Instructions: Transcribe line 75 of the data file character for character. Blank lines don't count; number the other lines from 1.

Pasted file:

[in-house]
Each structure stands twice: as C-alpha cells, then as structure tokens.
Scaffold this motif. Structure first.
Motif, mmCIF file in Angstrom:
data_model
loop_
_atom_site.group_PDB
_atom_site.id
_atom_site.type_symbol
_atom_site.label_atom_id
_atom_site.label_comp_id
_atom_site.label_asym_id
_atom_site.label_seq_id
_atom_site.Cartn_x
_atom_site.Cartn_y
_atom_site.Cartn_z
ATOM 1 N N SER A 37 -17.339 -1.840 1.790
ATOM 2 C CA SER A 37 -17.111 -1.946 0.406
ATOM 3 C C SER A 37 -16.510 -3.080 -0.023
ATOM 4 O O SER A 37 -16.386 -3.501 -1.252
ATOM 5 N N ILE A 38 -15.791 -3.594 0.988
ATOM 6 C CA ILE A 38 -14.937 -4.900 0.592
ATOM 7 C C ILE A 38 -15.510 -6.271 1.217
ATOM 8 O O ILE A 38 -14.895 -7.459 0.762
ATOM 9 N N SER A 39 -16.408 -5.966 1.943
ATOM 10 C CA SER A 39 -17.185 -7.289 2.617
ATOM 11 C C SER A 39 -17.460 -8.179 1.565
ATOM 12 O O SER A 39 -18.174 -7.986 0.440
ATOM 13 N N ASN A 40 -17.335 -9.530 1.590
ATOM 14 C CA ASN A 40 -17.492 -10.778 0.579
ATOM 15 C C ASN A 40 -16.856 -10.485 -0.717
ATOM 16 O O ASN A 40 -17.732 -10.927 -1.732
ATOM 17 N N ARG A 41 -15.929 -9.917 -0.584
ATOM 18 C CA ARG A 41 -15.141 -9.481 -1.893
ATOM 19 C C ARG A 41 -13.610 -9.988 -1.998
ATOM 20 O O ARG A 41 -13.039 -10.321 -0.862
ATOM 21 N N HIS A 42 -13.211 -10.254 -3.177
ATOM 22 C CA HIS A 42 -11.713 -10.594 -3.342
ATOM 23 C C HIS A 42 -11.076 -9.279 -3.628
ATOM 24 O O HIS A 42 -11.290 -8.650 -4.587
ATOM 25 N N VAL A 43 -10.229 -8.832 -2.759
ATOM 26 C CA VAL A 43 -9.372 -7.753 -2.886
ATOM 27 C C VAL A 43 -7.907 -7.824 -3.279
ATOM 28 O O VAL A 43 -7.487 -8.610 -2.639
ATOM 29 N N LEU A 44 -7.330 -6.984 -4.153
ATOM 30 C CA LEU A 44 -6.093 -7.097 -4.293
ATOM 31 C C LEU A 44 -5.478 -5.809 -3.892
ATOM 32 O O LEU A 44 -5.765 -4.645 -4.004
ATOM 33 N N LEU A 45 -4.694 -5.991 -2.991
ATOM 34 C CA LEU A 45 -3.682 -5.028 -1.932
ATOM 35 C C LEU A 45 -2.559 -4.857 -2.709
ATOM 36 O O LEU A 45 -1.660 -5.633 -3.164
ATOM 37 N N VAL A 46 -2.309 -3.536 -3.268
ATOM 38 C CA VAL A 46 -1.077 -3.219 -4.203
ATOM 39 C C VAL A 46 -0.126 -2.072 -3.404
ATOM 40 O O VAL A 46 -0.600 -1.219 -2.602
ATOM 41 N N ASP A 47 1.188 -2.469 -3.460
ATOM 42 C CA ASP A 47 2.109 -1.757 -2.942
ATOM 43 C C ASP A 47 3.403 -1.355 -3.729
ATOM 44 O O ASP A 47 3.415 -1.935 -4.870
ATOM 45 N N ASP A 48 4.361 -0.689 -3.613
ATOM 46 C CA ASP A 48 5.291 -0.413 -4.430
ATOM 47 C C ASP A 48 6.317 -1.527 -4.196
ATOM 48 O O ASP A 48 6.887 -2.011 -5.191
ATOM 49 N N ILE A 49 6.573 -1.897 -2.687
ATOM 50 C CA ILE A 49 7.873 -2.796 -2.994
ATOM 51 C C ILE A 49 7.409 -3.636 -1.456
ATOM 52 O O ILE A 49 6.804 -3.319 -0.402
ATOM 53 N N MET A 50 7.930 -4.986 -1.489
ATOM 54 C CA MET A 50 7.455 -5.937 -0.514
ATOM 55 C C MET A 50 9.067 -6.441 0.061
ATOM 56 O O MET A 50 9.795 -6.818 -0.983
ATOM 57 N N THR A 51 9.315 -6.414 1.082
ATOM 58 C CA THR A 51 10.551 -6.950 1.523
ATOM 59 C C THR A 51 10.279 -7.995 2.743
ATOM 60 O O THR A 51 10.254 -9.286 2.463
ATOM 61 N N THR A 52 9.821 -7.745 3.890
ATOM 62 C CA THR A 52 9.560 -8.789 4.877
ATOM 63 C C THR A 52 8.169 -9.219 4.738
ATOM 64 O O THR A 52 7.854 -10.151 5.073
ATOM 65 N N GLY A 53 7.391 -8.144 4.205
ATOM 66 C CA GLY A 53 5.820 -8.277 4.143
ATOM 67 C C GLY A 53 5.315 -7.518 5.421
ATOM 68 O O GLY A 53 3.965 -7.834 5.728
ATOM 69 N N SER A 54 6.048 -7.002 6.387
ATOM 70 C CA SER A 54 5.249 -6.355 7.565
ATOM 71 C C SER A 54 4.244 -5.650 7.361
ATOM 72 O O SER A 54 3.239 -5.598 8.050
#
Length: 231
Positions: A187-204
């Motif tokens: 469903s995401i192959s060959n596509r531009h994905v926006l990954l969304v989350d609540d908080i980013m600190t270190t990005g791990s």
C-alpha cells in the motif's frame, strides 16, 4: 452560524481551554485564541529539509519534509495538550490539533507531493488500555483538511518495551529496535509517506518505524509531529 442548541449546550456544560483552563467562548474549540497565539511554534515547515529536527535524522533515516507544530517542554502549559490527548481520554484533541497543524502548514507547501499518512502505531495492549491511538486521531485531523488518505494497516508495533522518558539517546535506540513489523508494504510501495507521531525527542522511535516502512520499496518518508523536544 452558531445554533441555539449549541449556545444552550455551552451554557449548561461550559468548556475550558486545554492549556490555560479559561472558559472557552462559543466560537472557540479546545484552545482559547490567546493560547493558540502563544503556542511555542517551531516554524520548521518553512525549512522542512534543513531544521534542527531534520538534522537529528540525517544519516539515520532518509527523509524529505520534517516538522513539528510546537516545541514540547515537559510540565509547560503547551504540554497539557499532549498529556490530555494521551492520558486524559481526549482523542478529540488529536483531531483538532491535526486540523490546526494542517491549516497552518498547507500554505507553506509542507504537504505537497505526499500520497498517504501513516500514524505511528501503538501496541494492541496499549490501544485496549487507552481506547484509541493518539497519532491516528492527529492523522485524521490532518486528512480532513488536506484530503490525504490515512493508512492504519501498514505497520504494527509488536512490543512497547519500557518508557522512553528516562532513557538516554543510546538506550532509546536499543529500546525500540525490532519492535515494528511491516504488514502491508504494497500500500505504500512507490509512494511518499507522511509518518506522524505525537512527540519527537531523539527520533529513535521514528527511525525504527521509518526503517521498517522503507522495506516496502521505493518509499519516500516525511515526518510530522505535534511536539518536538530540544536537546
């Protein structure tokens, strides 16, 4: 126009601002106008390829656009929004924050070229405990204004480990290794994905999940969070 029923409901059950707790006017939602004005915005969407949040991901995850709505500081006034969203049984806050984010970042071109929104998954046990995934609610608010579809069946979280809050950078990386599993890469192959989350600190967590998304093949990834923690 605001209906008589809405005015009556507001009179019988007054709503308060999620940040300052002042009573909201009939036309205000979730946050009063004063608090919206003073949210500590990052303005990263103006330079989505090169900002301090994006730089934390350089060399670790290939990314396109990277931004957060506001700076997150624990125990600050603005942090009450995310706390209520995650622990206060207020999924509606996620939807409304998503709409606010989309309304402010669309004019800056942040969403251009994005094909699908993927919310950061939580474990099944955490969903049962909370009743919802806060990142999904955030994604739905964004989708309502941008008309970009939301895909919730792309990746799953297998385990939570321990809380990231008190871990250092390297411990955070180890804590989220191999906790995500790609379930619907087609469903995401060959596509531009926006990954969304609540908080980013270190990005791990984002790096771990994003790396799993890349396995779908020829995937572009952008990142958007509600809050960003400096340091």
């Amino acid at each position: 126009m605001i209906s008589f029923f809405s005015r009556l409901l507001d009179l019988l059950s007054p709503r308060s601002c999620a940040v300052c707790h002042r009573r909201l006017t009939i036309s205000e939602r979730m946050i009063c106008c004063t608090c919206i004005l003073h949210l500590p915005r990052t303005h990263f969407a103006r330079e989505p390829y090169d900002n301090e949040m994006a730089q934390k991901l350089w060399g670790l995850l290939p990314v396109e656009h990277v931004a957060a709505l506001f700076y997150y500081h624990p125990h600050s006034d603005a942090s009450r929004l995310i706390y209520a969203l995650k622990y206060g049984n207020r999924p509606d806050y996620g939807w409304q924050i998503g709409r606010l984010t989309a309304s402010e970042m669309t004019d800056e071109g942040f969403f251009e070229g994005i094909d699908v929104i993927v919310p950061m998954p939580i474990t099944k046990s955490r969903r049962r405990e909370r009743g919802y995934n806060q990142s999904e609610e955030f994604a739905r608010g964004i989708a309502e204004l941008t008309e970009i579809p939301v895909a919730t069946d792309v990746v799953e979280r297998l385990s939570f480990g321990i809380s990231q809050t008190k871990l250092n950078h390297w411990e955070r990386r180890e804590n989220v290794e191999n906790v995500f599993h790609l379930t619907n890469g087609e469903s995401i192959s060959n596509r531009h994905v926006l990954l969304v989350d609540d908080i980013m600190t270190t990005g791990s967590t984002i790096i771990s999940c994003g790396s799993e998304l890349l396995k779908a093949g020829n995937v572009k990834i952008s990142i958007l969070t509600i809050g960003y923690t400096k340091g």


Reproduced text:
ATOM 59 C C THR A 51 10.279 -7.995 2.743